The act of breathing is much more than an instinctive action.

Name: Breath of power

Guide/person: Patrick Fassiotti

The Power Breaths:

Holotropic breathing
Wim Hoff Technique

The act of breathing is much more than an instinctive action. In general, we are used to thinking of breathing as an automatic activity of our body, with an indispensable vital function and a life of its own. We can think of it as a herd of horses running free in the vast meadow of life, following all their vital instincts.

Now think of what might happen if that same uncontrolled herd were tamed with the utmost love
and respect by a person who knows how to relate to the animals to ensure that they can further express their potential, overcome their fears (of storms, for example) and grow to their fullest.

Well, something similar happens when we realise that our breath can be guided and used as a powerful tool for self exploration and therapy.

From there, a wonderful journey into the infinite possibilities of wellbeing that human beings have at their disposal can begin.

In many if not all ancient cultures, awareness of the power of the breath was part of ascetic practices or therapeutic rituals. We know this from traditional Chinese medicine, from yoga practices, from Buddhism in all its forms, from Japanese martial arts, from Zikr combined with the use of sacred texts in Islam, and in similar part from Christian Hesychasm.
All these cultures have cultivated and nurtured the possibility of intervening in the act of breathing for very specific purposes, the result of careful observation of man’s physiology in the broadest sense of the term.

They realised, and modern science has confirmed, that breathing is a means of communication between the mind and the body, between the conscious and the unconscious, between the brain and the deeper self.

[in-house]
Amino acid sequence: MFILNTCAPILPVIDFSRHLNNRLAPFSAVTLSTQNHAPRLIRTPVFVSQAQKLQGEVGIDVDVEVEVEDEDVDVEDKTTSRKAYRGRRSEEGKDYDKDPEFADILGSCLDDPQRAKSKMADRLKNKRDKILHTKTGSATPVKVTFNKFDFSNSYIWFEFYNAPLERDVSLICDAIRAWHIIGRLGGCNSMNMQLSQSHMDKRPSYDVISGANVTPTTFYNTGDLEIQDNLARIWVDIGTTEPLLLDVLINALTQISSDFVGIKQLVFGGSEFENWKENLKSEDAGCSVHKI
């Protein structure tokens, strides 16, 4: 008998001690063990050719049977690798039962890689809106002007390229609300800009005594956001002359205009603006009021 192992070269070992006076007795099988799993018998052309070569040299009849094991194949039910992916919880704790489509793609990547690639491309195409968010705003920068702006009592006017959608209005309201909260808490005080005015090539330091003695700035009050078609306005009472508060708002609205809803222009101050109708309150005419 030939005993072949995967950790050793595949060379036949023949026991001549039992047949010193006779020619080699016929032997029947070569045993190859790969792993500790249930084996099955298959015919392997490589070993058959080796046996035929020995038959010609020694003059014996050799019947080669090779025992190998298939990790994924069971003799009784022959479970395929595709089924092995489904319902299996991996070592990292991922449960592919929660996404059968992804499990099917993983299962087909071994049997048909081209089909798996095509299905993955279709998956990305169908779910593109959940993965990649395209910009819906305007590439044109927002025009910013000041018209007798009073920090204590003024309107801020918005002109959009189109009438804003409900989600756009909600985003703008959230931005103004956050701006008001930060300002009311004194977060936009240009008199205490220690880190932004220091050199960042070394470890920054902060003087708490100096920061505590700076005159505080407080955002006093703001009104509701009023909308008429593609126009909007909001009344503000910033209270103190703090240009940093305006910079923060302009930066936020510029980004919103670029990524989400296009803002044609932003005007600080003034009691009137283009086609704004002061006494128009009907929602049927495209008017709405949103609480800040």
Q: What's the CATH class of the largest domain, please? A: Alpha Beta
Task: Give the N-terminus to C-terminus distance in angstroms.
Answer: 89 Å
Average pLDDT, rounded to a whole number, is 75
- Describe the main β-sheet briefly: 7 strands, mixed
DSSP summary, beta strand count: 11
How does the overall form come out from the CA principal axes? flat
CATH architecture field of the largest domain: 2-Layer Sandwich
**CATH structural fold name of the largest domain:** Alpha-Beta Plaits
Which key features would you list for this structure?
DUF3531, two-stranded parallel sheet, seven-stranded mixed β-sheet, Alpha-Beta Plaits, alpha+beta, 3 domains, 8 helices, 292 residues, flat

When we laugh or get angry, when we concentrate or relax, our breathing changes. In the same way, by consciously altering our breathing rhythms and intensities we can bring about major changes in our physical, emotional, mental and spiritual state.

Power Breathwork is a set of techniques learned over the years that are used precisely to induce the desired changes in people who request them. It is based on the immense heritage of the Yoga tradition, Theravada Buddhism, practices born for sporting purposes, techniques used in chanting, the Tibetan breathing used by Wim Hoff and aspects related to holotropic breathing coined by Christina and Stan Grof.


Sessions can last up to two hours, depending on the technique used.

Consequently, the variables can be many, a session can be done in total silence, with live or recorded music.
You can remain seated throughout the practice or move in space combining breath and movement, or you can choose to lie on the floor. You can practice alone or in a group. In all cases it is recommended to wear comfortable clothes.

The effects derived from this practice are many, from stress reduction, to the discharge of recent or chronic tensions, to the change of perspective of one’s own life, to the reworking of lived and
unintegrated experiences from the past.

There are also other important effects such as the strengthening of the immune system, the increased flow of oxygen to the body and brain and consequently a greater clarity to face the challenges of life.

Finally, there are techniques that help us to reach expanded states of consciousness and allow us
to experience a feeling of total belonging to the universe, to feel immense love for ourselves and others and to enter into a state of peace with life.